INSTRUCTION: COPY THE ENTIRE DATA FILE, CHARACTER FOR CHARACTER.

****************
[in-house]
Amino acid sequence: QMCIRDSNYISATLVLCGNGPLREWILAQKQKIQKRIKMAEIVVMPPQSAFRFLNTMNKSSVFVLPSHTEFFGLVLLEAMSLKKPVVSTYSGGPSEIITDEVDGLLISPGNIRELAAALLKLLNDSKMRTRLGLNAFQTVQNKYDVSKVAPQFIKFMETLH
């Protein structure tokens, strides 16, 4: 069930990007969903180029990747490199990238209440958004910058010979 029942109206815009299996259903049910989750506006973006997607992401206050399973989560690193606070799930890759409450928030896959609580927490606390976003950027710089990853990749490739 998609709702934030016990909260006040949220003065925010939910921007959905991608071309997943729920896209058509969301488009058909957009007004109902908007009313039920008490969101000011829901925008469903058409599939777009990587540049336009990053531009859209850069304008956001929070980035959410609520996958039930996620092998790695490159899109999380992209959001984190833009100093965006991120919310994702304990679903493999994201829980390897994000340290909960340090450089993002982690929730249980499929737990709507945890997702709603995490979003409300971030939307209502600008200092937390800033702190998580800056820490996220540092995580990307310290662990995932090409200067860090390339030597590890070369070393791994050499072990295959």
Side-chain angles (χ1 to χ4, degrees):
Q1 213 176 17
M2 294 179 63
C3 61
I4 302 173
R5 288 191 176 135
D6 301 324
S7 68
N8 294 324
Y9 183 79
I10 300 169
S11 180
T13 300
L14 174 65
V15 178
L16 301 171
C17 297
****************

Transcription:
[in-house]
Amino acid sequence: QMCIRDSNYISATLVLCGNGPLREWILAQKQKIQKRIKMAEIVVMPPQSAFRFLNTMNKSSVFVLPSHTEFFGLVLLEAMSLKKPVVSTYSGGPSEIITDEVDGLLISPGNIRELAAALLKLLNDSKMRTRLGLNAFQTVQNKYDVSKVAPQFIKFMETLH
């Protein structure tokens, strides 16, 4: 069930990007969903180029990747490199990238209440958004910058010979 029942109206815009299996259903049910989750506006973006997607992401206050399973989560690193606070799930890759409450928030896959609580927490606390976003950027710089990853990749490739 998609709702934030016990909260006040949220003065925010939910921007959905991608071309997943729920896209058509969301488009058909957009007004109902908007009313039920008490969101000011829901925008469903058409599939777009990587540049336009990053531009859209850069304008956001929070980035959410609520996958039930996620092998790695490159899109999380992209959001984190833009100093965006991120919310994702304990679903493999994201829980390897994000340290909960340090450089993002982690929730249980499929737990709507945890997702709603995490979003409300971030939307209502600008200092937390800033702190998580800056820490996220540092995580990307310290662990995932090409200067860090390339030597590890070369070393791994050499072990295959």
Side-chain angles (χ1 to χ4, degrees):
Q1 213 176 17
M2 294 179 63
C3 61
I4 302 173
R5 288 191 176 135
D6 301 324
S7 68
N8 294 324
Y9 183 79
I10 300 169
S11 180
T13 300
L14 174 65
V15 178
L16 301 171
C17 297